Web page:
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What We Learned: Spending In The Spotlight What We Learned: Spending In The Spotlight What We Learned: Spending In The Spotlight What We Learned: Spending...

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Politics / hotline on call

What We Learned: Spending In The Spotlight

February 20, 2011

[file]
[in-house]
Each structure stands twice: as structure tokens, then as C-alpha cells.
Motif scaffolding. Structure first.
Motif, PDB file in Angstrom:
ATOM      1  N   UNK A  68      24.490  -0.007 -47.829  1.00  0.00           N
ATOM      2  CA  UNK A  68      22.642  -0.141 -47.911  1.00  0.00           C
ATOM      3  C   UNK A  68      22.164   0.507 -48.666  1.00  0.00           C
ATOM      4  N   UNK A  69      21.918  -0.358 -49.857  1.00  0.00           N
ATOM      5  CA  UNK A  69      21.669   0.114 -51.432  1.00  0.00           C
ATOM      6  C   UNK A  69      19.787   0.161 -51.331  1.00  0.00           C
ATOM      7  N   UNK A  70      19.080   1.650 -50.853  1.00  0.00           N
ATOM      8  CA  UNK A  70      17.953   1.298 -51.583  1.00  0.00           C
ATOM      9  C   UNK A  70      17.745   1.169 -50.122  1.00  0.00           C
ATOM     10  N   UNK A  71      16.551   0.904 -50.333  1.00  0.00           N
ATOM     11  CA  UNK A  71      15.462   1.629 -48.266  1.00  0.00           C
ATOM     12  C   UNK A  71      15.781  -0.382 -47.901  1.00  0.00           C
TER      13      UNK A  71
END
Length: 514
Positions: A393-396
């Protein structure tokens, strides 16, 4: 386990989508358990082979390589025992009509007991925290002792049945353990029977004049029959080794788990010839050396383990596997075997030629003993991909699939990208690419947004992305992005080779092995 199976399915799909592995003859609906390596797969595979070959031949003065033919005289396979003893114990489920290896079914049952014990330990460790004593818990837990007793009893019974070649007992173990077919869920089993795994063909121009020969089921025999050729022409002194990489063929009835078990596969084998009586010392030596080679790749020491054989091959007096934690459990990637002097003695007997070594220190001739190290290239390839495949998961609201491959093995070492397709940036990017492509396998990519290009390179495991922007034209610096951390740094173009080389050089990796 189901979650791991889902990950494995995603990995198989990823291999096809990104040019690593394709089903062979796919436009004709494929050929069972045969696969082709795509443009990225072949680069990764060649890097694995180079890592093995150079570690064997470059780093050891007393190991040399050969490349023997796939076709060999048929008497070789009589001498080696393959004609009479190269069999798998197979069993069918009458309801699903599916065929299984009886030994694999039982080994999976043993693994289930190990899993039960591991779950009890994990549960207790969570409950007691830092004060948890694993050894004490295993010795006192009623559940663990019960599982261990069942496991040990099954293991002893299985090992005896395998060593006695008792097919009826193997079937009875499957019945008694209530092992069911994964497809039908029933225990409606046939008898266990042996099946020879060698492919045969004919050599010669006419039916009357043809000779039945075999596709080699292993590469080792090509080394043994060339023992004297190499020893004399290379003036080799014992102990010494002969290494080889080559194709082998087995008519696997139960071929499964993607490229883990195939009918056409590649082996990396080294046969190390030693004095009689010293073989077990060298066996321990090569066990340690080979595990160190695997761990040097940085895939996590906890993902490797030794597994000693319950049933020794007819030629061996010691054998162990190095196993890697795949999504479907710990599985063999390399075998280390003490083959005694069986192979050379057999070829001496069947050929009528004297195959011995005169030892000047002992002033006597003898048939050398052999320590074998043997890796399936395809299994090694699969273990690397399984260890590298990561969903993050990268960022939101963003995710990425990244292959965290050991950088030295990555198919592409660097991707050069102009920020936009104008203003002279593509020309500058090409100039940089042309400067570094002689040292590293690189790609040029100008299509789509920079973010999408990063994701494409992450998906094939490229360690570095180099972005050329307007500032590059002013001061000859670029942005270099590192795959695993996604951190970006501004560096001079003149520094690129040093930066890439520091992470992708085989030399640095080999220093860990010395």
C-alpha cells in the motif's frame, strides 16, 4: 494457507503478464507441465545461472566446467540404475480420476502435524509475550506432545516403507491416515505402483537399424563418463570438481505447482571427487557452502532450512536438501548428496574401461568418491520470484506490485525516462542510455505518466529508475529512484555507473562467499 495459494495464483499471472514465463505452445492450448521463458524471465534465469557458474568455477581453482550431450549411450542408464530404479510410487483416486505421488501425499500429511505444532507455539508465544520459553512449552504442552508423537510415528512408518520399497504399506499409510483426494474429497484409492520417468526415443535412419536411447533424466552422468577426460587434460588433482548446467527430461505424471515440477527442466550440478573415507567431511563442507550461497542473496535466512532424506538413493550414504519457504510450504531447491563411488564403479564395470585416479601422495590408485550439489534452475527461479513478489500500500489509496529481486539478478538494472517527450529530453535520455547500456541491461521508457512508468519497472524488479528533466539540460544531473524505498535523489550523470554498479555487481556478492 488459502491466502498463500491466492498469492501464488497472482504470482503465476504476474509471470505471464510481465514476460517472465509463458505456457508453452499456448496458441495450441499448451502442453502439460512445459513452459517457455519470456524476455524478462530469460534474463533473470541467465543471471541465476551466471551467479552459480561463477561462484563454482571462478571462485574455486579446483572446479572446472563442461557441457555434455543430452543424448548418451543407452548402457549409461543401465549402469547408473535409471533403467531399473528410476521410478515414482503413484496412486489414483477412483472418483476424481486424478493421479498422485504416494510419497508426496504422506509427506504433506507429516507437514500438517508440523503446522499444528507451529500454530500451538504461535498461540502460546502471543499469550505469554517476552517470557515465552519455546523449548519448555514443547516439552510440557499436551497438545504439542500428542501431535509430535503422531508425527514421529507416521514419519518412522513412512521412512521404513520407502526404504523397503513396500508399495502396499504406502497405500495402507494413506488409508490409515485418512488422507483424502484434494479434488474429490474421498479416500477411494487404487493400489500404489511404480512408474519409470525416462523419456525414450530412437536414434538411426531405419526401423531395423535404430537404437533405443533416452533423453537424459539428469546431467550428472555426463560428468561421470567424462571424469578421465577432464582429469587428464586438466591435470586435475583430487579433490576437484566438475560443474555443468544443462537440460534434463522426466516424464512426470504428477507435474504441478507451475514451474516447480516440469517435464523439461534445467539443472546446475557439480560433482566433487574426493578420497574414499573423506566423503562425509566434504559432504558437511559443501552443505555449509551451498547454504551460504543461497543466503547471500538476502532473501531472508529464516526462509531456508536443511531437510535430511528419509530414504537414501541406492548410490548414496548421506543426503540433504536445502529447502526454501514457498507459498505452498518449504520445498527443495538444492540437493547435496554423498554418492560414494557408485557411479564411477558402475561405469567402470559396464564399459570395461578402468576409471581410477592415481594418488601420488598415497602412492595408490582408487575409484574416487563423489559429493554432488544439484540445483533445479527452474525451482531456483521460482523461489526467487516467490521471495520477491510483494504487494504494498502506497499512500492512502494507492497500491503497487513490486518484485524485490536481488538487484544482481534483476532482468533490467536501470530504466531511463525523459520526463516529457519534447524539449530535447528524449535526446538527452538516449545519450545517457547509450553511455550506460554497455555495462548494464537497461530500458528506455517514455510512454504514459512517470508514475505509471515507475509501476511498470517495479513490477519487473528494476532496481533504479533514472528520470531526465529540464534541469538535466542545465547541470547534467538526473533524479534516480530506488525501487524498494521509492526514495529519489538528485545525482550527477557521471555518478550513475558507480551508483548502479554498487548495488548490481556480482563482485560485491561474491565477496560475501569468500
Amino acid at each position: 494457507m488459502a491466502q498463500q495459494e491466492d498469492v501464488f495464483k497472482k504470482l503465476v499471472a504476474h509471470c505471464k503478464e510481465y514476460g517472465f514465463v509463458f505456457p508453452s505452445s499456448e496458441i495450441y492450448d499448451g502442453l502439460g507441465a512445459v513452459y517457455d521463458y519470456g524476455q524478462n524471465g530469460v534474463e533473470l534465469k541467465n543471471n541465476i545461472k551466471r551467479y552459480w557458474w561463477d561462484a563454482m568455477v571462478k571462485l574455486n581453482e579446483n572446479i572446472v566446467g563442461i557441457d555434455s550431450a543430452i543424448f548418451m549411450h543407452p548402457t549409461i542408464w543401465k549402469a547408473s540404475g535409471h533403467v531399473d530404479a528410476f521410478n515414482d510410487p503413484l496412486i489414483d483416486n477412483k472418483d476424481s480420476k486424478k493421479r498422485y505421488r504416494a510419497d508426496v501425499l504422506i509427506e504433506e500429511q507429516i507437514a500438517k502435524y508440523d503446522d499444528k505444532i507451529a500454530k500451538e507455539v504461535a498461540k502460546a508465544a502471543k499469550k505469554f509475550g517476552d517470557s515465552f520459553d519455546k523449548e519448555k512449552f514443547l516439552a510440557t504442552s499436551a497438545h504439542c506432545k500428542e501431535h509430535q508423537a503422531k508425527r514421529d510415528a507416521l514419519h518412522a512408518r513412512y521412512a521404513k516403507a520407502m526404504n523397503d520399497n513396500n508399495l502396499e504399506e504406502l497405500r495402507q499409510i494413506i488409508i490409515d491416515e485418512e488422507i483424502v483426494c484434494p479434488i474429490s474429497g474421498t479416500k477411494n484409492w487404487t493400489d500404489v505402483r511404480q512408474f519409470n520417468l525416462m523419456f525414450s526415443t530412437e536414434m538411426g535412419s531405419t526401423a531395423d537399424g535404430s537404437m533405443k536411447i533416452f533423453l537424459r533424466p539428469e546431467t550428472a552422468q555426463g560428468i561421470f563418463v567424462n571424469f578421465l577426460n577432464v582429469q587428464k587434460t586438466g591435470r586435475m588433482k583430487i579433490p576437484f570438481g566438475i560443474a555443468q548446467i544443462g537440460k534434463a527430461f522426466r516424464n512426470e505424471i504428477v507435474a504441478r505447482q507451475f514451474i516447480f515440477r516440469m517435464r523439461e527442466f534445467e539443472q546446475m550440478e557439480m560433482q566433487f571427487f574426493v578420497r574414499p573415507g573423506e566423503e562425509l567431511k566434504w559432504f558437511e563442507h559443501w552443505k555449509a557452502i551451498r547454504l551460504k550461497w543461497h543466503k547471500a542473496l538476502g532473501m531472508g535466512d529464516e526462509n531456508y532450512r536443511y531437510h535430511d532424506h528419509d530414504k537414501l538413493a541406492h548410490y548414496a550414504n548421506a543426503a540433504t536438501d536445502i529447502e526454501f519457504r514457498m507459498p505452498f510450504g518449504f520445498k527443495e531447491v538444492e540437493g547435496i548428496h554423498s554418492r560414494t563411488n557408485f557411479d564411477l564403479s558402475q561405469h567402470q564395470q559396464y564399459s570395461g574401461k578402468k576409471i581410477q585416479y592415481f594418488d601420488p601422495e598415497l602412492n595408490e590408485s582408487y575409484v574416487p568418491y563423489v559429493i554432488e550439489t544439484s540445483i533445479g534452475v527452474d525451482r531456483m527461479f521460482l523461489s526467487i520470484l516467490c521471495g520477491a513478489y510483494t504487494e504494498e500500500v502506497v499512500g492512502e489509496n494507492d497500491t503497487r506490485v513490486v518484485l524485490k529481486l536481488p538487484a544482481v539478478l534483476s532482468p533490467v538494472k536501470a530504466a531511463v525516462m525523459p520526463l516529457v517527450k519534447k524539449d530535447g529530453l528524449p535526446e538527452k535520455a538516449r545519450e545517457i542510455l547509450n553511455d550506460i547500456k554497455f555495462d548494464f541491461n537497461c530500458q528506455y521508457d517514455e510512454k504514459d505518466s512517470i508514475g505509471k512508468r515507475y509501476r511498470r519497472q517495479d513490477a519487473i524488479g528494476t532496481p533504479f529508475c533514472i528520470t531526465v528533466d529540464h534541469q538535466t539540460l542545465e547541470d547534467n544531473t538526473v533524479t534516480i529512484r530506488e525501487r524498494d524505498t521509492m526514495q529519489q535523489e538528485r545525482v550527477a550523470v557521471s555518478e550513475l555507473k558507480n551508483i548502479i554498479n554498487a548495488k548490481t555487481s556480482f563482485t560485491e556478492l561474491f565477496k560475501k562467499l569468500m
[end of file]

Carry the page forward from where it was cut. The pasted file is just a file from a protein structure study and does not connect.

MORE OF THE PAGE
Following Evansville Mayor Jonathan Weinzapfel's (D) decision not to run for governor of Indiana, Democratic eyes will likely turn next to former state House Speaker John Gregg (who says he is exploring a run) and Rep. Joe Donnelly among others as they seek to find a suitable candidate for the race. Mississippi Gov. Haley Barbour (R) and Daniels both got a glimpse at the perils of running for president while holding office. Each declined this week to weigh in on controversial issues in their state -- Barbour, by refusing to denounce a Confederacy group's attempt to honor a KKK leader; and Daniels, by declining to weigh in on an Arizona-style immigration law before the state's legislature -- and each has caught flak for their silence. The minority is becoming the majority in Texas for the first time in a redistricting period. The Hispanic population grew 42% to become 38% of the state's population. Whites now account for only 45% of the population. With Democrats having a bigger pull on Hispanic voters, the Republican-leaning state will have a tough time redrawing district lines in the GOP's favor. Sticking by his campaign promise for a new "open" legislative process, House Speaker John Boehner was designated the daunting task of corralling votes on hundreds of amendments proposed by the House for its continuing resolution. The move seemed to backfire as Boehner failed to reign in the newly elected freshmen class, and watched as funding for his pet project, the F-35 Joint Strike Fighter second-engine program, was cut. The group not only appeared to be inexperienced, but they dispelled any previous campaign promises of bipartisanship, and high-minded fiscal debate. And we may be in a new transition period of House leadership evolution in which Tea Party Republicans are not easily controlled, and can compromise even the personal hold of their party's de facto leader. This post was updated at 11:30 a.m. on February 22. CLARIFICATION: The original version of this post referenced a candidate instead of an overall race. Both Rep. Chris Murphy (D) and former Secretary of State Susan Bysiewicz (D) are running for Senate in Connecticut.
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